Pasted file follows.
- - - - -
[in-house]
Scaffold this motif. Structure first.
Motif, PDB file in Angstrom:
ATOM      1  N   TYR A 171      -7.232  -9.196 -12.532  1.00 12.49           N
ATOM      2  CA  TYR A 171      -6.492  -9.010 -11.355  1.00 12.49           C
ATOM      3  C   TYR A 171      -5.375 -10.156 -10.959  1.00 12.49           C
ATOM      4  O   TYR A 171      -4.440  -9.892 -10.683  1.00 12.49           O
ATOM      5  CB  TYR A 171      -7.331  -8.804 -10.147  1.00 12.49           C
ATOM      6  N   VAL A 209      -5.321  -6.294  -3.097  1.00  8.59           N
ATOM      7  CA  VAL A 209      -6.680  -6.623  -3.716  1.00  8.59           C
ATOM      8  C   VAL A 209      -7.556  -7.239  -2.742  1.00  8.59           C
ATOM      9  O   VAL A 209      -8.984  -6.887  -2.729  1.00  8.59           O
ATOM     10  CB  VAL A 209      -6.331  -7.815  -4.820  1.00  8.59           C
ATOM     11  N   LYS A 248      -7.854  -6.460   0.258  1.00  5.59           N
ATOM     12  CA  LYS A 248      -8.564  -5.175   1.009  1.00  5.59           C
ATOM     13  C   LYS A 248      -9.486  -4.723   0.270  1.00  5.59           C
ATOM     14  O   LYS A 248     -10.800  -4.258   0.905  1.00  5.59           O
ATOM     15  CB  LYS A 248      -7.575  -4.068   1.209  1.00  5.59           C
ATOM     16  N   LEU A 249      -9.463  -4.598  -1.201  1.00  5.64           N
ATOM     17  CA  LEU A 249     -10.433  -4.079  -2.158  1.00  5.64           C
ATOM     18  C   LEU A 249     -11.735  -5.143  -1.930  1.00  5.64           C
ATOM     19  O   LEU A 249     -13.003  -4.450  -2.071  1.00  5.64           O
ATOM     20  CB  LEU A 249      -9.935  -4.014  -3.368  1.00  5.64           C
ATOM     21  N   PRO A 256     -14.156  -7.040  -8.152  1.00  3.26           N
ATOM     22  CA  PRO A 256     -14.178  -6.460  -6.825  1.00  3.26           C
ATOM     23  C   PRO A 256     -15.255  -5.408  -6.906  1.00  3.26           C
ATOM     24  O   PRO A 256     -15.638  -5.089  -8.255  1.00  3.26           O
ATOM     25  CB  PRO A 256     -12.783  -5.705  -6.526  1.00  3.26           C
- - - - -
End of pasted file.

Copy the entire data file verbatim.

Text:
[in-house]
Scaffold this motif. Structure first.
Motif, PDB file in Angstrom:
ATOM      1  N   TYR A 171      -7.232  -9.196 -12.532  1.00 12.49           N
ATOM      2  CA  TYR A 171      -6.492  -9.010 -11.355  1.00 12.49           C
ATOM      3  C   TYR A 171      -5.375 -10.156 -10.959  1.00 12.49           C
ATOM      4  O   TYR A 171      -4.440  -9.892 -10.683  1.00 12.49           O
ATOM      5  CB  TYR A 171      -7.331  -8.804 -10.147  1.00 12.49           C
ATOM      6  N   VAL A 209      -5.321  -6.294  -3.097  1.00  8.59           N
ATOM      7  CA  VAL A 209      -6.680  -6.623  -3.716  1.00  8.59           C
ATOM      8  C   VAL A 209      -7.556  -7.239  -2.742  1.00  8.59           C
ATOM      9  O   VAL A 209      -8.984  -6.887  -2.729  1.00  8.59           O
ATOM     10  CB  VAL A 209      -6.331  -7.815  -4.820  1.00  8.59           C
ATOM     11  N   LYS A 248      -7.854  -6.460   0.258  1.00  5.59           N
ATOM     12  CA  LYS A 248      -8.564  -5.175   1.009  1.00  5.59           C
ATOM     13  C   LYS A 248      -9.486  -4.723   0.270  1.00  5.59           C
ATOM     14  O   LYS A 248     -10.800  -4.258   0.905  1.00  5.59           O
ATOM     15  CB  LYS A 248      -7.575  -4.068   1.209  1.00  5.59           C
ATOM     16  N   LEU A 249      -9.463  -4.598  -1.201  1.00  5.64           N
ATOM     17  CA  LEU A 249     -10.433  -4.079  -2.158  1.00  5.64           C
ATOM     18  C   LEU A 249     -11.735  -5.143  -1.930  1.00  5.64           C
ATOM     19  O   LEU A 249     -13.003  -4.450  -2.071  1.00  5.64           O
ATOM     20  CB  LEU A 249      -9.935  -4.014  -3.368  1.00  5.64           C
ATOM     21  N   PRO A 256     -14.156  -7.040  -8.152  1.00  3.26           N
ATOM     22  CA  PRO A 256     -14.178  -6.460  -6.825  1.00  3.26           C
ATOM     23  C   PRO A 256     -15.255  -5.408  -6.906  1.00  3.26           C
ATOM     24  O   PRO A 256     -15.638  -5.089  -8.255  1.00  3.26           O
ATOM     25  CB  PRO A 256     -12.783  -5.705  -6.526  1.00  3.26           C